Shaken over the Shaking of Hands?

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Israeli Prime Minister Yitzhak Rabin (left) and Palestine Liberation Organization Chairman Yasser Arafat (right) shake hands at the White House in front of President Bill Clinton in September 1993. The new play OSLO is a dramatization of events that led to a historic agreement

A handshake can be a powerful thing. I grew up learning that “a gentleman’s word is his bond” and that my handshake was the guarantee of that word. Handshakes symbolise the beginning or renewal of relationships so the refusal to shake hands can be seen as being anti-relationship and therefore insulting.

[blockquote quote=”Only truthful hands write true poems. I cannot see any basic difference between a handshake and a poem. ” source=”Paul Celan” align=”right”]

This week I spent many hours in the car driving between meetings and, as I often do, tuned in to a local talk radio station where the hosts of all 3 shows I listened to were incensed about the same thing

A public school in Sydney’s west has adopted a policy permitting Muslim male students to decline to shake hands with females, despite­ the practice having been denounced by many senior Islamic figures.

The Hurstville Boys Campus of Georges River College in Sydney recently hosted an awards ­ceremony at which female present­ers, including several accom­plished and respected members of the local community, were told by one of the school’s two principals that some students would not shake their hands because of their Muslim faith.

As you might imagine the shows’ hosts were upset, along with a good number of their listeners; every single person who phoned in on the topic filled up the echo chamber of outrage. It was un-Australian, it showed great disrespect to the guests, it didn’t prepare these boys for the reality of life in Australia (how were they even going to get a job when they couldn’t shake the hands of people on an interview panel?) and so on.

So what is this all about? The Australian article goes on to explain…

The instruction is understood to derive from an Islamic hadith — a report describing the words, action­s, or habits of the Islamic prophet Mohammed — stating that “it is better to be stabbed in the head with an iron needle than to touch the hand of a woman who is not permissible to you”.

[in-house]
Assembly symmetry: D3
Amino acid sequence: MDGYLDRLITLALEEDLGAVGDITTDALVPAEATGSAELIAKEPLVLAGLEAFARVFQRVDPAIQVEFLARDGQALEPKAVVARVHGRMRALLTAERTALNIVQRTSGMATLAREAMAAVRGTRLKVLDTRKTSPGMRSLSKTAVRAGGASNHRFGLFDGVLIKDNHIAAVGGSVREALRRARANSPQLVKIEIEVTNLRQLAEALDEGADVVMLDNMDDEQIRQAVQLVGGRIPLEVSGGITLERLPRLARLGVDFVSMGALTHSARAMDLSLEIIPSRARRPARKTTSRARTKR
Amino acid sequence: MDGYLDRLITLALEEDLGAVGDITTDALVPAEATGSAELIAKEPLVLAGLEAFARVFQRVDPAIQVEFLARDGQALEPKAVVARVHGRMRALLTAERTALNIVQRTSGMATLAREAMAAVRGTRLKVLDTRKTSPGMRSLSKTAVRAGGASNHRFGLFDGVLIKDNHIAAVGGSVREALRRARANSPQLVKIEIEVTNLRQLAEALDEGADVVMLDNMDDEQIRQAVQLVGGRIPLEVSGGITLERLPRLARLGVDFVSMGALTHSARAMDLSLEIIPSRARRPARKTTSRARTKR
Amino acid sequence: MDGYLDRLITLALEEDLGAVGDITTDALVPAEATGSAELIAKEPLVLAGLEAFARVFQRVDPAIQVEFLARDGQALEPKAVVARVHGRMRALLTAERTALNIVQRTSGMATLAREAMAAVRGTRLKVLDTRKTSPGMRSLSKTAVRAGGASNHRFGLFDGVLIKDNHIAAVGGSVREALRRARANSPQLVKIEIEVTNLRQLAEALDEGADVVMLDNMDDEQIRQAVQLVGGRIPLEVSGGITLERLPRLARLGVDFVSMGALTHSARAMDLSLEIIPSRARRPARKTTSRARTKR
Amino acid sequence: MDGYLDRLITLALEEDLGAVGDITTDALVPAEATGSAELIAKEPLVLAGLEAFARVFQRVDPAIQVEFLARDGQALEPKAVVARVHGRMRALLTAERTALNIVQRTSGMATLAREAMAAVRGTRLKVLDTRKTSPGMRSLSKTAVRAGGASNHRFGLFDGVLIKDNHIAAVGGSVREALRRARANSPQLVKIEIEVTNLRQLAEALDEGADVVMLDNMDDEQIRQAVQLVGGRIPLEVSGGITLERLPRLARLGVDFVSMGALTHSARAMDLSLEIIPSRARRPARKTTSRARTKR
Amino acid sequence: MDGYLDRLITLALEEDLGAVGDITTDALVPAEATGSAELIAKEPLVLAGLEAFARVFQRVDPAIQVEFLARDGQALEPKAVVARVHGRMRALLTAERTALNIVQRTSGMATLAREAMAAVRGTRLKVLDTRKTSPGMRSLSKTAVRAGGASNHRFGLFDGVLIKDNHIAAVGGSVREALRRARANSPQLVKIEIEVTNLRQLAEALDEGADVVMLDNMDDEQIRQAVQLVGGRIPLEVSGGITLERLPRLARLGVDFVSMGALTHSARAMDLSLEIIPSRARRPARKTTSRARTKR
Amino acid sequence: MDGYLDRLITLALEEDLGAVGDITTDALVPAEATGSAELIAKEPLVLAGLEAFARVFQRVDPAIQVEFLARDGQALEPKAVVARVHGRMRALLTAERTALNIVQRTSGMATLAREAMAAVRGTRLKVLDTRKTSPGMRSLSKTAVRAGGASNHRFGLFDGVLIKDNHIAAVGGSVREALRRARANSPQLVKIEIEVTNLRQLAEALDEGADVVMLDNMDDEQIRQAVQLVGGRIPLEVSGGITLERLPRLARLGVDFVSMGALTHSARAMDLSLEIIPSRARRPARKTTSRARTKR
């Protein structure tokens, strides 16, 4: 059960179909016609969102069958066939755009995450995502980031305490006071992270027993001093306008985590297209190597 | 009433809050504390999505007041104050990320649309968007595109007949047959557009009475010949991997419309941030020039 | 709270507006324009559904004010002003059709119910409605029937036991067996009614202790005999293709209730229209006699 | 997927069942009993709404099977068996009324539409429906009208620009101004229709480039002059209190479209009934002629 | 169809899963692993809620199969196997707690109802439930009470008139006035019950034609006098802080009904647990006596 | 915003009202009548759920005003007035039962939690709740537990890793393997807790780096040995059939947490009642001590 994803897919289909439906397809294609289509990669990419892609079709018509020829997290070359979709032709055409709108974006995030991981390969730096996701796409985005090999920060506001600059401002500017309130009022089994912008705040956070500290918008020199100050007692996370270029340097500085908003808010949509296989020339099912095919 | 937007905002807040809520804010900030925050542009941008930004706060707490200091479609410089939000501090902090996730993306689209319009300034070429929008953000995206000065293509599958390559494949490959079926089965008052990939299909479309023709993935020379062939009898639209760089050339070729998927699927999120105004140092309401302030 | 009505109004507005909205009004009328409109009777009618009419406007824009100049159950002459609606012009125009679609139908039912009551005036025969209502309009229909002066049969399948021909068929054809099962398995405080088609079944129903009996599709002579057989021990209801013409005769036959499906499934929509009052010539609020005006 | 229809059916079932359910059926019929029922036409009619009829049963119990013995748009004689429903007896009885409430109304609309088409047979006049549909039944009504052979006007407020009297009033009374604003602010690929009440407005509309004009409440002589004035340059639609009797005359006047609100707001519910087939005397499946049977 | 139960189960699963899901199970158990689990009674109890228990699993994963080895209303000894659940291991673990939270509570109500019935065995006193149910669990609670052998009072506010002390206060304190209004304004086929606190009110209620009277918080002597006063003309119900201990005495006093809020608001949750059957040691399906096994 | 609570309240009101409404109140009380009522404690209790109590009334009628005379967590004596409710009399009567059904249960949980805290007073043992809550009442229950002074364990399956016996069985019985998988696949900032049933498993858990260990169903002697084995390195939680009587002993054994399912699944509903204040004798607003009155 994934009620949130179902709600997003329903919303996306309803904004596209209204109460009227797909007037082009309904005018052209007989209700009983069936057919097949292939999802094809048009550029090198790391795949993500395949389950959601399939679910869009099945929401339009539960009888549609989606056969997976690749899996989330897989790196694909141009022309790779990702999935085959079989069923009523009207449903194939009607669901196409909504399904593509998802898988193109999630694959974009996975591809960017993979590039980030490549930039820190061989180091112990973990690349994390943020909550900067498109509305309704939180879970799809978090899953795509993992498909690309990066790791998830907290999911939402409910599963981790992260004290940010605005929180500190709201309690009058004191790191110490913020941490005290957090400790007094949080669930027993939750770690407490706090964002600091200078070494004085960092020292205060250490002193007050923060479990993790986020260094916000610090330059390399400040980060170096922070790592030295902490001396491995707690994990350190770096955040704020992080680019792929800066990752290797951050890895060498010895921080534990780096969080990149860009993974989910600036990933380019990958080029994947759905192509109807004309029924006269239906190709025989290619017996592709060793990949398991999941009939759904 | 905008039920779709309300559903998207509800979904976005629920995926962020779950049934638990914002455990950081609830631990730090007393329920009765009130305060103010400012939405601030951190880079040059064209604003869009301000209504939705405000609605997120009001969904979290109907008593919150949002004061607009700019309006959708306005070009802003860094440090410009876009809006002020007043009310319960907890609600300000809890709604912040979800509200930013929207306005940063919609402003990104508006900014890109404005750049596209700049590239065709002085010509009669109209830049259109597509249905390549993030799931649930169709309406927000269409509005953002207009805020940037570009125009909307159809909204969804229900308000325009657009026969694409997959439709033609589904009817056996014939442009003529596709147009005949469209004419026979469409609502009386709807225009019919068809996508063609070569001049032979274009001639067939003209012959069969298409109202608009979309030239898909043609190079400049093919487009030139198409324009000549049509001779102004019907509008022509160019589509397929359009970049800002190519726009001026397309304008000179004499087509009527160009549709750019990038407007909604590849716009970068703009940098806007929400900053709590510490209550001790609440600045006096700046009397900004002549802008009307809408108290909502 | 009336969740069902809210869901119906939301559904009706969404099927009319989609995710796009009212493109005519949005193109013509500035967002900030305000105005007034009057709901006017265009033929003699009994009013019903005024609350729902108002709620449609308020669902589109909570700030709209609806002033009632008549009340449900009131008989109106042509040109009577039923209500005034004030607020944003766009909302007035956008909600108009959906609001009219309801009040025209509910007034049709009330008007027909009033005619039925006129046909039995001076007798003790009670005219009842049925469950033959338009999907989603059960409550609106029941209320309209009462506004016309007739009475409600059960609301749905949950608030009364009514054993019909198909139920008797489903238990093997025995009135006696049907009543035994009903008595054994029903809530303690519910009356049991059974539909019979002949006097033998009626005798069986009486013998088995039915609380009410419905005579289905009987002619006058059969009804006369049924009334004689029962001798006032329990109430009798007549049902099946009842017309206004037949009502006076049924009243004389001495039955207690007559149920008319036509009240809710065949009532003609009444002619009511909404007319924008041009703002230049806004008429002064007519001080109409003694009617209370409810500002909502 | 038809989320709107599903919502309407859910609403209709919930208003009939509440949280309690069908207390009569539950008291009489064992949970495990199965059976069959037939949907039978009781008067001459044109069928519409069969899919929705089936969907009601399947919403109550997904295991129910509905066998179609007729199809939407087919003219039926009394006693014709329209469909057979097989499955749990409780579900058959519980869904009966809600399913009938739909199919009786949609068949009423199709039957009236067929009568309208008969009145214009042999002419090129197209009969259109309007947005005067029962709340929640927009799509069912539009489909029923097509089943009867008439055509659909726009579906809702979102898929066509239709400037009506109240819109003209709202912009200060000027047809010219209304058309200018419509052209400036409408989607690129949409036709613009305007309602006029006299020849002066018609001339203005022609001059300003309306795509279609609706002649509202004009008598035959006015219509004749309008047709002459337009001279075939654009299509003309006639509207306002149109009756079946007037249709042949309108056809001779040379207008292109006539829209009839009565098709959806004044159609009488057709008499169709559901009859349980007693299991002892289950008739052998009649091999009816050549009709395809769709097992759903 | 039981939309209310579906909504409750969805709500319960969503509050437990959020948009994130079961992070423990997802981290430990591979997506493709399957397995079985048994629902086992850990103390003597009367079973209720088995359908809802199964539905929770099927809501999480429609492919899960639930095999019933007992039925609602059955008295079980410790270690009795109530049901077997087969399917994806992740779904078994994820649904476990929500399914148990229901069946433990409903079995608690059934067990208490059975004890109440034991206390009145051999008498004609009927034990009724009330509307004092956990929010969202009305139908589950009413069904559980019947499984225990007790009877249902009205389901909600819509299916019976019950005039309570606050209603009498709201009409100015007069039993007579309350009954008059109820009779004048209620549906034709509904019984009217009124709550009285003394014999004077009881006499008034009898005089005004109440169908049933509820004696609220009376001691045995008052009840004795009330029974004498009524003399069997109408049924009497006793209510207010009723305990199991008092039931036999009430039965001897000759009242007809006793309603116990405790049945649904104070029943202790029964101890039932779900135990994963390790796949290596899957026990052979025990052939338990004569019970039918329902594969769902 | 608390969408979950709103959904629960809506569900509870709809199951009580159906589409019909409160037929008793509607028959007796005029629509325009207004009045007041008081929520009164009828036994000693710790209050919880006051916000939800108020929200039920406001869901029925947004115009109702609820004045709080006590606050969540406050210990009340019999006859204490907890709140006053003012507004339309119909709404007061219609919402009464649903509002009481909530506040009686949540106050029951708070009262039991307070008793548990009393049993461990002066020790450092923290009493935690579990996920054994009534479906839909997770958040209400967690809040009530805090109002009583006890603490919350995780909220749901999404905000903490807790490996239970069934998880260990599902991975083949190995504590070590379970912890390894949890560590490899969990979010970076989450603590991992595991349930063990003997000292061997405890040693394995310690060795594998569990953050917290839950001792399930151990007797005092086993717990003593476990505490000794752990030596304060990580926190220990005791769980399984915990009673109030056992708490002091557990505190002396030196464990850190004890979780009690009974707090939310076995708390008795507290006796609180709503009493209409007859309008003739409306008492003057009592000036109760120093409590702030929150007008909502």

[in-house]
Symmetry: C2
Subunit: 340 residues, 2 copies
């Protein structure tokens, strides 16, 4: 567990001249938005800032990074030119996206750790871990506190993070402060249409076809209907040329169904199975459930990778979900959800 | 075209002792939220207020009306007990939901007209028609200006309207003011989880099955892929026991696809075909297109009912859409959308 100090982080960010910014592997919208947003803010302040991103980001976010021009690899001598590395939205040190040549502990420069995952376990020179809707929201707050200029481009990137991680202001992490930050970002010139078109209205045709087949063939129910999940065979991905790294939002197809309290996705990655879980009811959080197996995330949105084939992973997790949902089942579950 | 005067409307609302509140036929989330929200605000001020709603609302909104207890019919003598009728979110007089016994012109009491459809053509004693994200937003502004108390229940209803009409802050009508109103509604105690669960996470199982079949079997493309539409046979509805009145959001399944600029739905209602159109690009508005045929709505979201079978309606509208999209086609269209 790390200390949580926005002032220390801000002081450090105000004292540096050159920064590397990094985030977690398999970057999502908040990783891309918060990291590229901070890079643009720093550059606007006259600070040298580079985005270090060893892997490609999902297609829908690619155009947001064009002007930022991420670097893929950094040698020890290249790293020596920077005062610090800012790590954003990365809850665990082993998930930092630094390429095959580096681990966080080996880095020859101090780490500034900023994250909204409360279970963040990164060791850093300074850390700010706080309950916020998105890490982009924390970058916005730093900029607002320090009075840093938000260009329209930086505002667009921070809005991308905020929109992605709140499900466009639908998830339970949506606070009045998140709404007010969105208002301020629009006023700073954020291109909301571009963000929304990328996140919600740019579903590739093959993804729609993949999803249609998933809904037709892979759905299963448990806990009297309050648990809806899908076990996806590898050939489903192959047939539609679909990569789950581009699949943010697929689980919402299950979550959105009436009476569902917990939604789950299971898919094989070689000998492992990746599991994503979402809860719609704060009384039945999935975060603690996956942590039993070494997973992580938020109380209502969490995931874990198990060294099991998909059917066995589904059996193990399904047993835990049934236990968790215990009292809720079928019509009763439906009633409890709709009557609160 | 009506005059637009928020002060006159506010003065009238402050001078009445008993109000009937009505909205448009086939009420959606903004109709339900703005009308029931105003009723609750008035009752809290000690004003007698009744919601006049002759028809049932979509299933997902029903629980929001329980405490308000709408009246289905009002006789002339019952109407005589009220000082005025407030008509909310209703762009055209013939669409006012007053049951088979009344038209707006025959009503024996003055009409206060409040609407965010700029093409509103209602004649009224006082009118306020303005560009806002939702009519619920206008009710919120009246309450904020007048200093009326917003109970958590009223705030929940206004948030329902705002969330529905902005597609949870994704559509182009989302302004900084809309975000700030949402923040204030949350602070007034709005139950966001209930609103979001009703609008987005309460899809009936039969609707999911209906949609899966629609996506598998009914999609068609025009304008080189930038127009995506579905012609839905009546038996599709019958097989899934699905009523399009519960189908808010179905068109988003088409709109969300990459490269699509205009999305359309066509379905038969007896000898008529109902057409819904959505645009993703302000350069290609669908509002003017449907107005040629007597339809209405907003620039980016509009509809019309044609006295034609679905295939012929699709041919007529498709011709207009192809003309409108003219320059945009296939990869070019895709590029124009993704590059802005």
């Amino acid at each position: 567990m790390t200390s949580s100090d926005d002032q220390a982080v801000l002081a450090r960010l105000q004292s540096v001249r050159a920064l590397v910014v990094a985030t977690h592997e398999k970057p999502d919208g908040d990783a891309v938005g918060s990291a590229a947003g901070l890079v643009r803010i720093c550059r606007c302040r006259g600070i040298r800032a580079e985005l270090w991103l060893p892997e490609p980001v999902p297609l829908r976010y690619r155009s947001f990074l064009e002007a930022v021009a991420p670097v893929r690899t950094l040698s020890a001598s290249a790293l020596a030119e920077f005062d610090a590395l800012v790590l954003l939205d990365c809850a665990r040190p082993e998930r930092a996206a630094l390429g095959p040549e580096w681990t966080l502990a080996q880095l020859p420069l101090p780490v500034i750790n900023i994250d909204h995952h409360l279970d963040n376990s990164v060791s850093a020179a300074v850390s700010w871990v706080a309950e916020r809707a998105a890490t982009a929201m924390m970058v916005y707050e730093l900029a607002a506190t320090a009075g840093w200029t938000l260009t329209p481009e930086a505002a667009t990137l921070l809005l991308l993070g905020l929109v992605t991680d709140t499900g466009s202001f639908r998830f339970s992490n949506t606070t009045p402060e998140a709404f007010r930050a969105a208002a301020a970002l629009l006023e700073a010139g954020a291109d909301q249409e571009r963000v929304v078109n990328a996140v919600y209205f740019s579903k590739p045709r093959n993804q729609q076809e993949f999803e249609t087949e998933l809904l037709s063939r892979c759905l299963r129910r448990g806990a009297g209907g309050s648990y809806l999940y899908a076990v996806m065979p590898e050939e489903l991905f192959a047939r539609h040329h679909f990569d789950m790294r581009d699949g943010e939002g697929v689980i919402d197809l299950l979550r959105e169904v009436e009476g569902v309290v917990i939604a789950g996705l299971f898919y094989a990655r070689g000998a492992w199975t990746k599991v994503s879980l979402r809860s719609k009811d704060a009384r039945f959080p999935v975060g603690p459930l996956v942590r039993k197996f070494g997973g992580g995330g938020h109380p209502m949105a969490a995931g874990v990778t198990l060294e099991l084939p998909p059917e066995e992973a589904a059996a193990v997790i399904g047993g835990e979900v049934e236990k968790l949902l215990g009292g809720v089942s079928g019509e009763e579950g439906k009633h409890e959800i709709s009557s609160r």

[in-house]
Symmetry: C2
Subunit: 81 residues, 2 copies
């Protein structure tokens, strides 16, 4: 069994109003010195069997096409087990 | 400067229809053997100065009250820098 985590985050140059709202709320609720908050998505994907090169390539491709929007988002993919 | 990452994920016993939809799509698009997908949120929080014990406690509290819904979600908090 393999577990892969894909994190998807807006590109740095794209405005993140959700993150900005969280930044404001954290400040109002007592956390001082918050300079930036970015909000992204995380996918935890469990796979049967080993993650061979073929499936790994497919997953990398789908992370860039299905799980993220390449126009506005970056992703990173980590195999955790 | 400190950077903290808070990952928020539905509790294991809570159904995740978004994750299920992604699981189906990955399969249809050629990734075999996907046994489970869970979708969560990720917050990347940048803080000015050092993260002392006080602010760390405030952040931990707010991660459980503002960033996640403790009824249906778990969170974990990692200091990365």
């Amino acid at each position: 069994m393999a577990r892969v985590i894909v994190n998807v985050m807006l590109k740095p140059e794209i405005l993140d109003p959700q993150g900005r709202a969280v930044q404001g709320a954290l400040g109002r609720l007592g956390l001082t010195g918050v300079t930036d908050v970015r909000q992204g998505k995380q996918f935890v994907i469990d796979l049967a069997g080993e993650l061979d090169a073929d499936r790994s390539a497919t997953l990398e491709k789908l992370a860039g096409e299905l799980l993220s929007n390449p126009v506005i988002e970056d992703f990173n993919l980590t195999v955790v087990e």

Well there you have it. But why? To find out I did a bit of browsing and came across a number of Islamic sites discussing the wider issue. First, islamonline:

Firstly, it is prohibited to shake hands with a woman if there is fear of provoking sexual desire or enjoyment on the part of either one of them or if there is fear of temptation. This is based on the general rule that blocking the means to evil is obligatory, especially if its signs are clear.

Secondly, there is a dispensation in shaking hands with old women concerning whom there is no fear of desire. The same applies to the young girl concerning whom there is no fear of desire or temptation. The same ruling applies if the person is an old man concerning whom there is no fear of desire. This is based on what has been narrated on the authority of Abu Bakr As-Siddiq (may Allah be pleased with him) that he used to shake hands with old women.

Here the object of discussion deals with other than these two cases. There is no surprise that shaking hands with women isharam(unlawful) according to the viewpoint of those who hold that covering all of the woman’s body, including her face and the two hands, is obligatory. This is because if it becomes obligatory to cover the two hands, then it would becomeharam for the opposite sex to look at them. And, if looking at them is unlawful, then touching them would becomeharam with greater reason because touching is graver than looking, as it provokes desire more.

But it is known that the proponents of this view are the minority, while the majority of Muslim jurists, including the Companions, the Successors and those who followed them, are of the opinion that the face and the hands are excluded from the prohibition. They based their opinion on Almighty Allah’s saying, “And tell the believing women to lower their gaze and be modest, and to display of their adornment only that which is apparent …”(An-Nur: 31) So where is the evidence on prohibiting handshaking unless there is desire?